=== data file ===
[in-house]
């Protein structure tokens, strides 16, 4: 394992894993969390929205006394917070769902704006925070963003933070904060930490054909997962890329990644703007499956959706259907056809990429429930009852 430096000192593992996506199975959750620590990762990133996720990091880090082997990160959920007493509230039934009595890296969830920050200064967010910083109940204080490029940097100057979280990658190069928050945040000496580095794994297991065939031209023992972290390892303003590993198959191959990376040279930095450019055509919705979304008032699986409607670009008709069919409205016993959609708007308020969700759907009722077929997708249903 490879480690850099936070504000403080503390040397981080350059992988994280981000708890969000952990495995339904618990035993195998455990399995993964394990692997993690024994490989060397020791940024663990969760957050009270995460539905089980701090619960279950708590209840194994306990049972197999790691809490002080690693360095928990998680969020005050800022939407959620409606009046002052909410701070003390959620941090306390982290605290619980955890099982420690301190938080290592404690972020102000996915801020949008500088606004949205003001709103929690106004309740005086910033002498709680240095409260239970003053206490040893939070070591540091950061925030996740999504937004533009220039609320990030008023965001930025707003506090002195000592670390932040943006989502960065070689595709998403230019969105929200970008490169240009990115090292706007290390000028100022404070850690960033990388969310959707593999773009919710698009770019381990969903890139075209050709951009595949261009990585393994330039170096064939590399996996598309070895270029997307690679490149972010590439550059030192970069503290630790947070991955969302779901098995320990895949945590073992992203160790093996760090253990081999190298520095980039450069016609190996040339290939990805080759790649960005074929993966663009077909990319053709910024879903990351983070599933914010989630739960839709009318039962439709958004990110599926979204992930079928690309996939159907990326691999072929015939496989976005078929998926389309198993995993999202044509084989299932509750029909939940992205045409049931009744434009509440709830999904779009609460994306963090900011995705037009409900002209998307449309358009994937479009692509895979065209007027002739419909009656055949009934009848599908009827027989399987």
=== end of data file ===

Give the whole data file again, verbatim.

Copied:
[in-house]
């Protein structure tokens, strides 16, 4: 394992894993969390929205006394917070769902704006925070963003933070904060930490054909997962890329990644703007499956959706259907056809990429429930009852 430096000192593992996506199975959750620590990762990133996720990091880090082997990160959920007493509230039934009595890296969830920050200064967010910083109940204080490029940097100057979280990658190069928050945040000496580095794994297991065939031209023992972290390892303003590993198959191959990376040279930095450019055509919705979304008032699986409607670009008709069919409205016993959609708007308020969700759907009722077929997708249903 490879480690850099936070504000403080503390040397981080350059992988994280981000708890969000952990495995339904618990035993195998455990399995993964394990692997993690024994490989060397020791940024663990969760957050009270995460539905089980701090619960279950708590209840194994306990049972197999790691809490002080690693360095928990998680969020005050800022939407959620409606009046002052909410701070003390959620941090306390982290605290619980955890099982420690301190938080290592404690972020102000996915801020949008500088606004949205003001709103929690106004309740005086910033002498709680240095409260239970003053206490040893939070070591540091950061925030996740999504937004533009220039609320990030008023965001930025707003506090002195000592670390932040943006989502960065070689595709998403230019969105929200970008490169240009990115090292706007290390000028100022404070850690960033990388969310959707593999773009919710698009770019381990969903890139075209050709951009595949261009990585393994330039170096064939590399996996598309070895270029997307690679490149972010590439550059030192970069503290630790947070991955969302779901098995320990895949945590073992992203160790093996760090253990081999190298520095980039450069016609190996040339290939990805080759790649960005074929993966663009077909990319053709910024879903990351983070599933914010989630739960839709009318039962439709958004990110599926979204992930079928690309996939159907990326691999072929015939496989976005078929998926389309198993995993999202044509084989299932509750029909939940992205045409049931009744434009509440709830999904779009609460994306963090900011995705037009409900002209998307449309358009994937479009692509895979065209007027002739419909009656055949009934009848599908009827027989399987």